Represent!

Politics, government and public life for Southern California

Elections 2014: Robert Garcia, Damon Dunn headed to Long Beach mayoral runoff

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Vice Mayor Robert Garcia and businessman and real estate investor Damon Dunn emerged early Wednesday as the top two candidates headed for a June 3 runoff to become mayor of Long Beach.

They fought off State Assemblywoman Bonnie Lowenthal, who has high name recognition in the city. She finished third.

Garcia had been endorsed by departing Mayor Bob Foster and the Press-Telegram newspaper. He received 25.4 percent of the vote.  If elected in June, the college professor and member of the California Coastal Commission would become, at 36, the city's youngest, first Latino and first openly gay mayor.

Dunn, 38, built his wealth developing drug stores. The onetime candidate for California Secretary of State pulled in 22.3 percent of the mayoral primary vote. He self-financed much of his campaign. Dunn was endorsed by the Long Beach Jobs Political Action Committee, which is affiliated with the Long Beach Chamber of Commerce. If elected, Dunn would become the city's first African-American mayor.

Neither candidate, however, would be Long Beach's first non-white mayor. Eunice Sato, a Japanese-American, led the city from 1980-82 when being mayor was not yet a full-time position.

The city of Long Beach, is California's seventh largest and home to some 462,000 residents. About 40,500 people cast ballots in the mayoral primary — roughly 14 percent of the city's registered voters.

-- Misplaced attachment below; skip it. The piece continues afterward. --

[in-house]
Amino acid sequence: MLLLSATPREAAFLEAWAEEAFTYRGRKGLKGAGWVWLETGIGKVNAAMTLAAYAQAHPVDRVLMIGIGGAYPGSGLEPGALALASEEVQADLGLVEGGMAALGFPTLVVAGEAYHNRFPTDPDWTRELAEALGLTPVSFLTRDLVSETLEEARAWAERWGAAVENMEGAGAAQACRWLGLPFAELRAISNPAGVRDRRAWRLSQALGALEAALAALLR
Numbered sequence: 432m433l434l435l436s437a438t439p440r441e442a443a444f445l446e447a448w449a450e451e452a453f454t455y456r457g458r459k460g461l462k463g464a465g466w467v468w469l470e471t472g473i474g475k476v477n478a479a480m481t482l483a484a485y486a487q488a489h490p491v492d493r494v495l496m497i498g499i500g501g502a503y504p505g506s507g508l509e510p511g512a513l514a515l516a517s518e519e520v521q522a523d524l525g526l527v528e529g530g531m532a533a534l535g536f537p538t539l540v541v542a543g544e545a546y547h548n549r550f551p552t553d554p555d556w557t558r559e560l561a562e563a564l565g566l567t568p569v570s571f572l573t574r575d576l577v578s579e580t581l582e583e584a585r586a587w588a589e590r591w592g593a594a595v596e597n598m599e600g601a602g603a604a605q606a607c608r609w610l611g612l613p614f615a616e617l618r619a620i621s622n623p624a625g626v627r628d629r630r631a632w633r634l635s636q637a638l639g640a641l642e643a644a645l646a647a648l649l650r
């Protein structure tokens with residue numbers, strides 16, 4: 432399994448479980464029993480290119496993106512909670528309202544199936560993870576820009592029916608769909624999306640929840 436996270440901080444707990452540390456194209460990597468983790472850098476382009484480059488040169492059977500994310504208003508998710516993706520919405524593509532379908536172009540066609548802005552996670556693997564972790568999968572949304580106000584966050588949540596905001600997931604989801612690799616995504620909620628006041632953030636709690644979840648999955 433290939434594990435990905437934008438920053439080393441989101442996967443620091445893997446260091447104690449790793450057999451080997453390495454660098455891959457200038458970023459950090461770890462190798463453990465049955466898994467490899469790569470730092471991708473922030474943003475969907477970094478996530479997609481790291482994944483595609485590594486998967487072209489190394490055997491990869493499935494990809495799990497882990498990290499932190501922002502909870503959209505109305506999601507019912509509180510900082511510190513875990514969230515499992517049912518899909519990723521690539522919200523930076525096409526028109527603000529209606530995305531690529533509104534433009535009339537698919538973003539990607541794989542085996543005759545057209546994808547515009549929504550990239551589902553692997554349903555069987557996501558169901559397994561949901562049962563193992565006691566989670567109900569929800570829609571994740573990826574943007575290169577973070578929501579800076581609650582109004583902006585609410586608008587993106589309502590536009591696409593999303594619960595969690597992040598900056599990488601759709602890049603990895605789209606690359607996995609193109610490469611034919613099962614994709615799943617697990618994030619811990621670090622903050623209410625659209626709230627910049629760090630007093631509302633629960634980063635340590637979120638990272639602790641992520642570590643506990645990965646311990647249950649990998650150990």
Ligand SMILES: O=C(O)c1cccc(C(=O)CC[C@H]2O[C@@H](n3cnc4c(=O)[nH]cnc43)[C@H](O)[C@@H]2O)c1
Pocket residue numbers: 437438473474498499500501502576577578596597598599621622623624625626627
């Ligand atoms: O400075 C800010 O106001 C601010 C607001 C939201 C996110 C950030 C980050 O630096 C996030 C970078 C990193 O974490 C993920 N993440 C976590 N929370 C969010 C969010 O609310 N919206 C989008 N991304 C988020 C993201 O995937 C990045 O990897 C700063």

Party backgrounds

The mayor's race is non-partisan and appropriately, both candidates have spent time in both parties.

Garcia was president of Long Beach Young Republicans while in college at Cal State Long Beach. He said he was nonpartisan for a while before registering Democratic in 2007.

Dunn ran for Secretary of State on the Republican state ticket in 2010, but was previously a Democrat. Now he is affiliated with no political party.

Born in Peru

Garcia was born in Lima, Peru. He came to the United States with his family on a visa, and they immediately began the process of obtaining permanent residency and citizenship through the Regan-era amnesty program. He took the oath of citizenship in the early 1990s, Garcia said.

Brief NFL career

Texas-born Dunn, a onetime captain of the Stanford football team, also played for four NFL teams: Dallas Cowboys, Cleveland Browns, New York Jets and Jacksonville Cougars.

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